When you feel like your child is being overlooked
By Delia, contributing writer
(Delia’s story starts before Christmas break last year. She will be sharing more about her story and outcome in the next several weeks. Enjoy)
I graduated from college more than fifteen years ago. During my years spent receiving my degree in special education, the paper that I learned the most from was one that I wrote for my class on learning disabilities. It turned into the largest paper I had ever written- 35 pages with fifteen pages of appendices.
It was entitled: Cerulean Sky- The Twice Exceptional. It documented the under-represented populations of students who are gifted with learning disabilities. It made me realize that every student’s intelligence is not a black or white issue but there are many shades of gray. A student can be exceptionally talented in art but struggle in academic pursuits or may be gifted in math but struggle to read.
Needless to say, I never imagined that 16 years later I would be struggling with my daughter’s school to get her the help that she needs. My daughter, Sweet Pea, is extremely intelligent. I had her tested for gifted the summer after first grade because she seemed to innately understand multiplication and division. However, as time went on, I noticed that she had difficulty focusing at home to complete homework and chores. As the years progressed, her problems with focus migrated into school as well. I started receiving notes from her teachers complaining about her distractibility.
Her teacher last year seemed to complain about her behavior more toward the end of the year. I figured it was time to seek some help. I had the school complete the ADD evaluation forms and I completed the parent form. I scheduled an appointment with my pediatrician and went in thinking things would be resolved. Unfortunately, I got into that appointment and was blindsided by the pediatrician that according to the teacher’s form there was no problem. Feeling utterly confused, my husband and I left that meeting and resolved to wait and see what happened in third grade.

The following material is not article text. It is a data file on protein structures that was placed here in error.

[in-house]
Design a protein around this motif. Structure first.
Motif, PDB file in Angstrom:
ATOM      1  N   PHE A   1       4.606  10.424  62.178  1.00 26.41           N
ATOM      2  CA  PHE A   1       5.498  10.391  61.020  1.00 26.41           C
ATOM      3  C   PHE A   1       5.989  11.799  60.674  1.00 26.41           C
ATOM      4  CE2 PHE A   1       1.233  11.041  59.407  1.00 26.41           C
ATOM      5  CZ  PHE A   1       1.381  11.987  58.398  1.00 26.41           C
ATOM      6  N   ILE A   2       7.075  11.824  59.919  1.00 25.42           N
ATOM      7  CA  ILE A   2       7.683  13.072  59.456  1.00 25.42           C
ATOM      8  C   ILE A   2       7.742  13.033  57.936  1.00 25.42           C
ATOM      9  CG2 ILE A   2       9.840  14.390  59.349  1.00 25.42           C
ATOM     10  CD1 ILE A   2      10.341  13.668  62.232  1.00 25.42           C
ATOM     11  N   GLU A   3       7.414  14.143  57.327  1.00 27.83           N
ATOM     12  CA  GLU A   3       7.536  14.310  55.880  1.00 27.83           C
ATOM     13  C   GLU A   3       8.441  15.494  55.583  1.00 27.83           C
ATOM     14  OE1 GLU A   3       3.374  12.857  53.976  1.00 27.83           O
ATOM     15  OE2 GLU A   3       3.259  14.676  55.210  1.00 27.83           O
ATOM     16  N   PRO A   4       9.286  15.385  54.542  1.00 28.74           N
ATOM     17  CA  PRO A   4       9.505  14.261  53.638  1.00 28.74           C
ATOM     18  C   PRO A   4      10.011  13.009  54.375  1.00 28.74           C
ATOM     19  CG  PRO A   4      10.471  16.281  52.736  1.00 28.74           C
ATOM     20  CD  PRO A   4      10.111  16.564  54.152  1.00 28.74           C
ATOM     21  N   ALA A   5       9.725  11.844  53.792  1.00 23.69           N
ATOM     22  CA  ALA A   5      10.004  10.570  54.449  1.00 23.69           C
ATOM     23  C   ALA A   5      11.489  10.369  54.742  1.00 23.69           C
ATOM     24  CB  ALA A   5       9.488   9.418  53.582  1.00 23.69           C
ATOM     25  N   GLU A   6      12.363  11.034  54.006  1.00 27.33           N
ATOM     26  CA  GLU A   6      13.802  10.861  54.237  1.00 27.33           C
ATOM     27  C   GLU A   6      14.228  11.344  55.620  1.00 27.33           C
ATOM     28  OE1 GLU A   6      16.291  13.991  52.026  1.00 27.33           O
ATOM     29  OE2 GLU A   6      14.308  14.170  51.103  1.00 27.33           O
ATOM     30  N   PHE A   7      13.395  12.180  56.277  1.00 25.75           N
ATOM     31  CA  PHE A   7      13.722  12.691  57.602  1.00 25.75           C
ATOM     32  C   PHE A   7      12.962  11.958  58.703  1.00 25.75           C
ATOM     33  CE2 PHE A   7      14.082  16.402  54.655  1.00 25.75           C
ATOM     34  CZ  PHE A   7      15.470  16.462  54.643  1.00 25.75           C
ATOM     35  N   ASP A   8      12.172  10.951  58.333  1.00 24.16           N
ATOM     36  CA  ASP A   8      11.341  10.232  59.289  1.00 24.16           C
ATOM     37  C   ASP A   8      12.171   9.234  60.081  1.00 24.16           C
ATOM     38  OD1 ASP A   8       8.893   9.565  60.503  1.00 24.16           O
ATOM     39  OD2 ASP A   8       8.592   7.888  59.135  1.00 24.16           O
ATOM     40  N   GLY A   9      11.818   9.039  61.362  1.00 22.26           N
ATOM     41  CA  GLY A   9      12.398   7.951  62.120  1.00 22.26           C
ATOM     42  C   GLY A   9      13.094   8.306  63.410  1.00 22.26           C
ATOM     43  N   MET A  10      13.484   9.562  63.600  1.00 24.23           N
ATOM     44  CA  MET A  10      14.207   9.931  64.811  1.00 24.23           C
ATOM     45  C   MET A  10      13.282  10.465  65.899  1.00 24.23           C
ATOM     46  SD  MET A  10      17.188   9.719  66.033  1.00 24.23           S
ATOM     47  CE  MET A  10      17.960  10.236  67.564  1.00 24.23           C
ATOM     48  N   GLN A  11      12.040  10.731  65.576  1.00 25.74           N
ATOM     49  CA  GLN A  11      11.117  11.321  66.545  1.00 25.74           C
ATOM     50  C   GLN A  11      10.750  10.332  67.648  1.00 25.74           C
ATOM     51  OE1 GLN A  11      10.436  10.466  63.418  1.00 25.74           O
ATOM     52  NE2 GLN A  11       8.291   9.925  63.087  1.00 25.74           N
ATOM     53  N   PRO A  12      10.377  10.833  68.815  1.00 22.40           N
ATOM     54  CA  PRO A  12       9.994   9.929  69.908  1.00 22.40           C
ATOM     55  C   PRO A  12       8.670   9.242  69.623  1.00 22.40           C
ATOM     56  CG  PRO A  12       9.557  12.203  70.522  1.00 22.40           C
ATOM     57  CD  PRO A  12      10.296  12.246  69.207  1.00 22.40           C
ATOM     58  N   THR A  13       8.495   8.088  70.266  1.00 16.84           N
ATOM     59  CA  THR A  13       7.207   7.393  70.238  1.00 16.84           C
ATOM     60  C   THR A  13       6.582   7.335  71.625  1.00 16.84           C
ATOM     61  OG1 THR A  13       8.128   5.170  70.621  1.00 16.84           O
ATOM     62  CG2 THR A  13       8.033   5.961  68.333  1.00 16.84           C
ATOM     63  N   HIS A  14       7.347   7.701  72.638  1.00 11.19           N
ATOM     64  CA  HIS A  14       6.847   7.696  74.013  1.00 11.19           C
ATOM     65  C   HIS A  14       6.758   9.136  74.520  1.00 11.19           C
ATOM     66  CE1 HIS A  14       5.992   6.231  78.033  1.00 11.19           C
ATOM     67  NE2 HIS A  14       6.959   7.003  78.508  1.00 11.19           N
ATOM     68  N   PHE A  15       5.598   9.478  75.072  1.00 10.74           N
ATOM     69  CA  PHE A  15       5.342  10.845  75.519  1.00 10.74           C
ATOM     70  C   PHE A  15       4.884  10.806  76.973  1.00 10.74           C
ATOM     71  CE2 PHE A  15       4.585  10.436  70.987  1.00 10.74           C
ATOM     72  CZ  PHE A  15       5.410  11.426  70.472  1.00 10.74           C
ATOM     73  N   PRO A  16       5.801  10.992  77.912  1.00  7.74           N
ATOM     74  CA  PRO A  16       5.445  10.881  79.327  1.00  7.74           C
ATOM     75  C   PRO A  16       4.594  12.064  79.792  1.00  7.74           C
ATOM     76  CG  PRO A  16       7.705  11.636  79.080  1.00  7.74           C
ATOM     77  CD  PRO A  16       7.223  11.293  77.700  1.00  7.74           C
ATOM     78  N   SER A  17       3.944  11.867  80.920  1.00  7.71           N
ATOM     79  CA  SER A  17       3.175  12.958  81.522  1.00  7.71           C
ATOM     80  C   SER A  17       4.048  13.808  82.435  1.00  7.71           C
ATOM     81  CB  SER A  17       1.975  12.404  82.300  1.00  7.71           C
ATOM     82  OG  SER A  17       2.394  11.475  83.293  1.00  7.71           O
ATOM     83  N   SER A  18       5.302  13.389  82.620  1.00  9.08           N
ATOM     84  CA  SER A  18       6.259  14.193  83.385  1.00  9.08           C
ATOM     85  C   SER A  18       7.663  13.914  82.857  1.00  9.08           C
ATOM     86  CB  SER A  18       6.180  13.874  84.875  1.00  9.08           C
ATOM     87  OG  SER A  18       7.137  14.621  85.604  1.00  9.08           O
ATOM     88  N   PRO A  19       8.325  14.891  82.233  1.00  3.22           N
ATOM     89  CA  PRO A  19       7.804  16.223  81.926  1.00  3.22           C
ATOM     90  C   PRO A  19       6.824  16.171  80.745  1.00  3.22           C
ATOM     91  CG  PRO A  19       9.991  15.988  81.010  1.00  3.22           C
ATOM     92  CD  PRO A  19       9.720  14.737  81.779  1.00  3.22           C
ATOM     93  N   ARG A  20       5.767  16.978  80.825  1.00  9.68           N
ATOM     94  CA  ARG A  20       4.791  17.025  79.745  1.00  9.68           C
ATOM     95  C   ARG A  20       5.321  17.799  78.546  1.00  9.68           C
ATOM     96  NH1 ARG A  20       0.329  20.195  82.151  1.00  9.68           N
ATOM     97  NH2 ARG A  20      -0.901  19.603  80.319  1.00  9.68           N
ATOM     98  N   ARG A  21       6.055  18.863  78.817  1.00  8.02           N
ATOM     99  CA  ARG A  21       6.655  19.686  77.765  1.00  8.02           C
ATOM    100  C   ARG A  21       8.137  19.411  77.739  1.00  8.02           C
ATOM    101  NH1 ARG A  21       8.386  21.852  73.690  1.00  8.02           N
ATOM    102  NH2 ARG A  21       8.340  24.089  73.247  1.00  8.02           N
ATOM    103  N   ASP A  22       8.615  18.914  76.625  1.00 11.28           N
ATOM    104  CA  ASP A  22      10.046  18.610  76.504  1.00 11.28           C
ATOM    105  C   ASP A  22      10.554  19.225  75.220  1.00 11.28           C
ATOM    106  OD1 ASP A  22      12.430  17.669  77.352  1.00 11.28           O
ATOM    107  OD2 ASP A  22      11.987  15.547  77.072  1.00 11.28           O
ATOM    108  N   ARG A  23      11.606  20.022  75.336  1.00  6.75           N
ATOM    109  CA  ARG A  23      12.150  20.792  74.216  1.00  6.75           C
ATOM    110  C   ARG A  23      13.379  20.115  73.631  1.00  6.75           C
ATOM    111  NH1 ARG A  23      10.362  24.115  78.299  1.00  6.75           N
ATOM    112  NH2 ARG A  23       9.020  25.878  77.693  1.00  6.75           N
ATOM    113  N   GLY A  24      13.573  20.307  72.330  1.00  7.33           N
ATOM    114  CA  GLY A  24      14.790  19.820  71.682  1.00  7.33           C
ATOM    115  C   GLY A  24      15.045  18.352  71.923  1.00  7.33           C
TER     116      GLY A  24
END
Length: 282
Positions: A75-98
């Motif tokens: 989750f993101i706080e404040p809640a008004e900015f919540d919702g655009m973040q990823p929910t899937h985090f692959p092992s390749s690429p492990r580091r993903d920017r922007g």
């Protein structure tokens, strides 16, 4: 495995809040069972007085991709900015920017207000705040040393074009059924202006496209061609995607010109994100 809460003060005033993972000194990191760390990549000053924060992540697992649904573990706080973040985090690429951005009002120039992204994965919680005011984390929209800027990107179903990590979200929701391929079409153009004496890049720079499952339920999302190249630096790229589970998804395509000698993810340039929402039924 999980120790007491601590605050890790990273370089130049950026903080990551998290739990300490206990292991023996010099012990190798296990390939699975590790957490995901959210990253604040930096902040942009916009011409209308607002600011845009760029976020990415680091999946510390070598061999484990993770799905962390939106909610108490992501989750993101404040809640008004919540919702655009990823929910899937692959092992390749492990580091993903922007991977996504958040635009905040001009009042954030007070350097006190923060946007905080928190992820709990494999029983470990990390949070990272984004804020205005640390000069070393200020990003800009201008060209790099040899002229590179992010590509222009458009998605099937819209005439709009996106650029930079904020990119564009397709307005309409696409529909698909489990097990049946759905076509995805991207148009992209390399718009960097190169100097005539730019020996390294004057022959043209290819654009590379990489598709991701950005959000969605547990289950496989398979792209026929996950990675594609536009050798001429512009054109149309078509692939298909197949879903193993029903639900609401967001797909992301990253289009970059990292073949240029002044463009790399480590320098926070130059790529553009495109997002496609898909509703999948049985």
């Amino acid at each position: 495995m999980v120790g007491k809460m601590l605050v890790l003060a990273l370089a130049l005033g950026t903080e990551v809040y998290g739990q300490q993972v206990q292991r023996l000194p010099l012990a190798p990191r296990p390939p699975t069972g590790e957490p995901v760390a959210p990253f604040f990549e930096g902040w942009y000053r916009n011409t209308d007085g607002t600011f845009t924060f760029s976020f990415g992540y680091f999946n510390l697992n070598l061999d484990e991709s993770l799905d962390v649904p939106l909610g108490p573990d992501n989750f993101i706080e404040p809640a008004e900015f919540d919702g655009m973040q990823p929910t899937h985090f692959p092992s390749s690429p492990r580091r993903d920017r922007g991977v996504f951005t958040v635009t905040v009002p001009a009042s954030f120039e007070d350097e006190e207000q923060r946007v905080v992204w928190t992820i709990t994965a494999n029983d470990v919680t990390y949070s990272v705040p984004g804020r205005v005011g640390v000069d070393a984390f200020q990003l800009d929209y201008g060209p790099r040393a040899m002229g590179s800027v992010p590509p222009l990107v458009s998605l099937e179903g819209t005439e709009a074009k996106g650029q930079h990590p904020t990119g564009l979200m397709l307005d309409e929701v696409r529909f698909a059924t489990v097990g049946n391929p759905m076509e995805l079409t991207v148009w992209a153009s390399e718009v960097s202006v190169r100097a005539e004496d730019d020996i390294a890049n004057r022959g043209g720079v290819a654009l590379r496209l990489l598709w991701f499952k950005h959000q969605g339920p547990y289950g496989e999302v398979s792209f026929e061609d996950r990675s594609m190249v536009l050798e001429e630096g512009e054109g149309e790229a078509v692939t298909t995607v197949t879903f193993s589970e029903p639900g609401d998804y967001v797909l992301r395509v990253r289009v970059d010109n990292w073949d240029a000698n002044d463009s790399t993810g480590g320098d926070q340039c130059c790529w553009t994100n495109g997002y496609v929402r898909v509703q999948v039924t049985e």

Well, this year has been the worst. Within the first three or four weeks, I received more than ten notes. Sweet Pea was getting more and more frustrated with school. My husband and I decided it was time to contact the local psychologist that our pediatrician had recommended and start the process again. Many more forms were sent this time. We, including Sweet Pea, filled out the forms and returned them quickly to the doctor. As we waited to hear from him that the report was finished, things got even worse.
Sweet Pea started coming home upset about school. She whined about getting in trouble for talking and being off-task. She expressed to me that she was bored most of the day. Things escalated last week to the point where she felt physically ill Thursday morning. Luckily, my husband was on second shift that week and was able to calm her down before she had to go to school. Thank God that this is the last week before Christmas break. The activities they are doing in class are distracting her and keeping her interested.
I had contacted the gifted teacher at the beginning of the week about having a meeting before the break, but was told that wasn’t possible. I dropped off a copy of the evaluation report within an hour of receiving it Wednesday. I spoke with her teacher on Friday about more challenging work and received the answer that she needs to complete her third grade work first so that she can give her a grade. Needless to say that left me more upset.
It is now the last half day of school before the break and I have yet to hear about a time and date for our meeting. I am not feeling very hopeful about resolving this issue without a very angry Momma Bear coming out at the meeting. I hope that the administration is ready for a fight. They are not dealing with an uneducated momma here. I have a degree in special education and am doing my research. They better be prepared to change their archaic view of what gifted education is supposed to look like. I will not be satisfied until they do.